Sherlock Holmes: A Game of Shadows
Sherlock Holmes is agitated. His best friend Watson is about to get married, and to make things worse, his arch-enemy Professor Moriarty is plotting another evil scheme that will put the world in great danger.
Sound and Vision:
Warner is delivering demo-worthy material with this Sherlock Holmes sequel. The amount of detail is stunning, the blacks are incredibly deep, shadows are perfectly delineated, and textures stand out at all times. We add to that natural skin tones, sparkling clarity in the few well-lit scenes, and a total absence of compression errors.
Equally impressive is the DTS-HD 5.1 sound which offers plenty of action from the subwoofer, detailed rear channels that are filled with effects and perfectly placed dialogue.
- Maximum Movie Mode: Inside the mind of Sherlock Holmes
A picture-in-picture feature with Downey Jr. discussing the movie, but rather shallow if you ask me.
A Game of Shadows is Guy Ritchie’s second take on Sherlock Holmes and the good news is that this time we get to see Holmes take on his arch-nemesis Professor Moriarty. Unfortunately, aside from Robert Downey Jr. it’s also the only good news.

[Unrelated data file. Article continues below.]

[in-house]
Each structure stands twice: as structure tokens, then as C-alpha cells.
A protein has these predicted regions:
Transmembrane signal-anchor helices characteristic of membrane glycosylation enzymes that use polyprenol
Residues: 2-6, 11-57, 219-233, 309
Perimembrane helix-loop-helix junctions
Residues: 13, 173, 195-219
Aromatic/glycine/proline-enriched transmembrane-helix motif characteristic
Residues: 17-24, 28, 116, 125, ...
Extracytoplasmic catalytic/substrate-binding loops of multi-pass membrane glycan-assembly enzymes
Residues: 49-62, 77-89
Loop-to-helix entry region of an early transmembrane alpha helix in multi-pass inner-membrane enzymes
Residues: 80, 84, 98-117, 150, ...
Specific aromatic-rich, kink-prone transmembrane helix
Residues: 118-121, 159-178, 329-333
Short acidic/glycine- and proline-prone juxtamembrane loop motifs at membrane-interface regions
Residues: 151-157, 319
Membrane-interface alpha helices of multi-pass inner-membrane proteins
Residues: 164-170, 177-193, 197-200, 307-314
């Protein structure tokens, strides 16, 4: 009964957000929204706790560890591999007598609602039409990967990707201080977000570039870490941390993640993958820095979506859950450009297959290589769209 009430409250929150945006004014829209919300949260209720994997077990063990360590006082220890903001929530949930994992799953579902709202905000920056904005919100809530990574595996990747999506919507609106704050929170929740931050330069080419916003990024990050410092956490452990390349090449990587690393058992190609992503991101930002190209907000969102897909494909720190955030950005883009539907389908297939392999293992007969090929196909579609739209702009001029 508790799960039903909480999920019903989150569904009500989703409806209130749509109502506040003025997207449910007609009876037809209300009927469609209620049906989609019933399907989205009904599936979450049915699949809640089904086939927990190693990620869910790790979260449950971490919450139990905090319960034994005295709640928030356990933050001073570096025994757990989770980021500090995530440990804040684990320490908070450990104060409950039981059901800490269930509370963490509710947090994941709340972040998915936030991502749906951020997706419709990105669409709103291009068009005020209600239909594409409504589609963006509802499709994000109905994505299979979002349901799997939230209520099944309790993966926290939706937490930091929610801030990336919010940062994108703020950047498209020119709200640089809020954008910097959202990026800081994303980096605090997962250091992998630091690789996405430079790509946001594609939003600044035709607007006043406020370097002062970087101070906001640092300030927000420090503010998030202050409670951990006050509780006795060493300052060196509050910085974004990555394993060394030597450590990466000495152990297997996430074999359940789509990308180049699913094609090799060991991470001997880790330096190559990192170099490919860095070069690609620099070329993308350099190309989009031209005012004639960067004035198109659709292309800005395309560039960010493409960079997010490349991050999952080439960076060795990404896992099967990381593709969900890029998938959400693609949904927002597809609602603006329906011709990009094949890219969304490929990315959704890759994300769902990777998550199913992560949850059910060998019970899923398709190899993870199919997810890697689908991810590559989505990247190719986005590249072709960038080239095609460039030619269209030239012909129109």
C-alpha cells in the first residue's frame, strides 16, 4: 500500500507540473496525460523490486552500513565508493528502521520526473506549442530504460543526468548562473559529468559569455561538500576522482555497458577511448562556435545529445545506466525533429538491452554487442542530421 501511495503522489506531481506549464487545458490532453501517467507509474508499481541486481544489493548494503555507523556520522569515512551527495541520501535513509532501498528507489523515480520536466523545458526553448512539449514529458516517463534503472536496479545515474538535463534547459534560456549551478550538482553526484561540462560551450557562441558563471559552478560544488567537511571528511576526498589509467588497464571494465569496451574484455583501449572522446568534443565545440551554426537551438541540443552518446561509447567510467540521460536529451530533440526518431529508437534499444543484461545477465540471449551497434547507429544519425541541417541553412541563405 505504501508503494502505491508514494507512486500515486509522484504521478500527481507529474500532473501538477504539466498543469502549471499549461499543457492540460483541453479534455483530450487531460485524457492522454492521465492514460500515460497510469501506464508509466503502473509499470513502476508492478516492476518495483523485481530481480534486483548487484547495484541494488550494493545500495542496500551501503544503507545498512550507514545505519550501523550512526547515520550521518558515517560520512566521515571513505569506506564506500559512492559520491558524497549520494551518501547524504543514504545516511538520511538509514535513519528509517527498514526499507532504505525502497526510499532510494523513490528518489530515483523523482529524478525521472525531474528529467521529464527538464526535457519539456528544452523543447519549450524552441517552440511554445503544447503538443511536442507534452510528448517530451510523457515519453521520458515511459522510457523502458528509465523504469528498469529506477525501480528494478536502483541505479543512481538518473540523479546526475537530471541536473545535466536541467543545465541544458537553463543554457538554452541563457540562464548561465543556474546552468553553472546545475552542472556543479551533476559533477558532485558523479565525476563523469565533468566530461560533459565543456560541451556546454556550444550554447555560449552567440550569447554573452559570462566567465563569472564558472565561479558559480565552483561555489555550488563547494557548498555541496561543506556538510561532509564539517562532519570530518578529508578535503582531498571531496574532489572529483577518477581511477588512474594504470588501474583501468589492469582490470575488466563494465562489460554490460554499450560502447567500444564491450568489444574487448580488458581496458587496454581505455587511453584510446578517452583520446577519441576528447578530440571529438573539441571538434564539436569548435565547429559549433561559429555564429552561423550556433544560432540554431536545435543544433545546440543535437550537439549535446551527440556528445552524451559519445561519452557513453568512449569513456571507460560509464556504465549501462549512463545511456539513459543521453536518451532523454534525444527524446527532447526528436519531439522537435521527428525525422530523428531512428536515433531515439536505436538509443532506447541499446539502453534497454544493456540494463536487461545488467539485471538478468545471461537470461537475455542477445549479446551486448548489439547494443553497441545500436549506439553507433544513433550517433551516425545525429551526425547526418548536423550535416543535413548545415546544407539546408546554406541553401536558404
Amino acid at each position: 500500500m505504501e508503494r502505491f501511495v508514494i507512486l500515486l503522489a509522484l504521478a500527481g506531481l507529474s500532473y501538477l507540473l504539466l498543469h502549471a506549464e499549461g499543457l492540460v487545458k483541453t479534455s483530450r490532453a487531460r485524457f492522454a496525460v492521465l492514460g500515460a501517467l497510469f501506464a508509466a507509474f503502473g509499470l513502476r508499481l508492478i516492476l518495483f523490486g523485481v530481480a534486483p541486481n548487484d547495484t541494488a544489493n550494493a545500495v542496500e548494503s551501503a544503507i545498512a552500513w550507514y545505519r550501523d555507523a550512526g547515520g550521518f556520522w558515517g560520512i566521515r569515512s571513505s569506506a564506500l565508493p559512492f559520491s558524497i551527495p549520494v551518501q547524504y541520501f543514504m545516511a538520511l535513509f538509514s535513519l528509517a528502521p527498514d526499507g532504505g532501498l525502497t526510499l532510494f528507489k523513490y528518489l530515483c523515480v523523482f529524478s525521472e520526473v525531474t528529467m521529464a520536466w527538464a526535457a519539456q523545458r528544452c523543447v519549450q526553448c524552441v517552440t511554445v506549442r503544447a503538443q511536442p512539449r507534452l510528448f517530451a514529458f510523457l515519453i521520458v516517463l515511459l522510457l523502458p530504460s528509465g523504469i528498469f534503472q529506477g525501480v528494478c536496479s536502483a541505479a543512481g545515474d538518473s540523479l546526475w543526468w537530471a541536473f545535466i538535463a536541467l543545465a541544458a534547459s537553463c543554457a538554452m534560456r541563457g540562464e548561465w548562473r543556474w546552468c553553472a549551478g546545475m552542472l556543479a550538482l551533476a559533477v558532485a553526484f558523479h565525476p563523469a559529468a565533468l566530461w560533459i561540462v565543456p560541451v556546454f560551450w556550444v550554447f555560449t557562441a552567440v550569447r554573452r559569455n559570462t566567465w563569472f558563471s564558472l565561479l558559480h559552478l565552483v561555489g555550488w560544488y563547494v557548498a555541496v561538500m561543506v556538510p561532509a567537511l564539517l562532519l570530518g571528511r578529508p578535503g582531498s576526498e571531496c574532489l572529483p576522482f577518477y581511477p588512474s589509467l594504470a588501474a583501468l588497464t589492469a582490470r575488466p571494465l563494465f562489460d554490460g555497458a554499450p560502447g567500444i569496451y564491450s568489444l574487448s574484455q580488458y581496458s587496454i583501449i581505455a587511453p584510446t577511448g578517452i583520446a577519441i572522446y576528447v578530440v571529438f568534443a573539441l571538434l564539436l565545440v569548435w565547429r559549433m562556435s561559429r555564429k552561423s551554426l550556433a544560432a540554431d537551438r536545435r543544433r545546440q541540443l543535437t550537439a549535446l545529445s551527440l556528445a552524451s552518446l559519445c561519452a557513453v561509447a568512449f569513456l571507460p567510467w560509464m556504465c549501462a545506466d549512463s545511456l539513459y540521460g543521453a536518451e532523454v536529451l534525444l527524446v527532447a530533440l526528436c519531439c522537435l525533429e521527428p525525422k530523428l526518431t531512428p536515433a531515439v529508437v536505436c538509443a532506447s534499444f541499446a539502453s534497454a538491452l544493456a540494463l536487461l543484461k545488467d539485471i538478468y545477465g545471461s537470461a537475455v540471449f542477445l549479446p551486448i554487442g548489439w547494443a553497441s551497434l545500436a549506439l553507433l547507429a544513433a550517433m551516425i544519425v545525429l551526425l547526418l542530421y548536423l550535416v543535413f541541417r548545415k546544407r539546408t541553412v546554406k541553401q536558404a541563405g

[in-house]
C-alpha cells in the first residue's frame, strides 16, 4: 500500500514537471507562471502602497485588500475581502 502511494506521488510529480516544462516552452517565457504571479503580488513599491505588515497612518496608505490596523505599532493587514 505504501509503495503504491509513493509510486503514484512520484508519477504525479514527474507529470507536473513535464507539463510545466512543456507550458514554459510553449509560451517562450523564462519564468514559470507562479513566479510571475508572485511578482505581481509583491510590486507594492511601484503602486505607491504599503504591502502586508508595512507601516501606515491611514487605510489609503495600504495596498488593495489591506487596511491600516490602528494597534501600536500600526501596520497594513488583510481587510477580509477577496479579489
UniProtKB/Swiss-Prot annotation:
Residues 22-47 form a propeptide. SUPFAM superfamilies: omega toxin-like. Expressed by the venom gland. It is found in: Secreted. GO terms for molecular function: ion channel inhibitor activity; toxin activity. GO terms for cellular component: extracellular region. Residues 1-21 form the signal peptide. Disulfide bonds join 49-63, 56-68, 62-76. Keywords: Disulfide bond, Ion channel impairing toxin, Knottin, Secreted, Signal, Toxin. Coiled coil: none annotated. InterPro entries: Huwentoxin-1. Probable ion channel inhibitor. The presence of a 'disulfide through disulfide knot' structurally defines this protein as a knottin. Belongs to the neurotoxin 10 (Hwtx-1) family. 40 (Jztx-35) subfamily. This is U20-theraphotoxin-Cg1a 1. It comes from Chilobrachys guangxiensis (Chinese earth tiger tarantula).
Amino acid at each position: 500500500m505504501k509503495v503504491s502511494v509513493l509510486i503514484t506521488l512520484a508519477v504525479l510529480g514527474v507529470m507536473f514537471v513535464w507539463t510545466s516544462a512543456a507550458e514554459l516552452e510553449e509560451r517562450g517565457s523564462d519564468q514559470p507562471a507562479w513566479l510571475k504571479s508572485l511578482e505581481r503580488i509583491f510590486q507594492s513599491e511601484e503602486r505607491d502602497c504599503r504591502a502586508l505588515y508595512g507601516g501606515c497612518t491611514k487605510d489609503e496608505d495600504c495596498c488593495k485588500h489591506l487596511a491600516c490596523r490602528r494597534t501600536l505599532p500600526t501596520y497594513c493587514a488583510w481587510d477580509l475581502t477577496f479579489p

Just as so many others, Ritchie clearly has fallen for the 3D hype and several scenes in the movie have been shot only to show off some of the effects. And that tampers with the actual action. Just like the action scenes where we see Holmes thinking in slow motion about the possible outcomes of a fight, just before that fight happens. Ok, nice for once, but every time?
As a result of Ritchie’s choices, the movie constantly goes into slow motion and not only on the screen, but also when it comes to storytelling. This makes the movie incredibly annoying to watch at times and the only thing keeping you interested is Robert Downey Jr. who manages to put down a rather interesting character. But in the end, I actually like the BBC TV Series Sherlock better. And I doubt a TV series is supposed to be better than a big budget action blockbuster movie…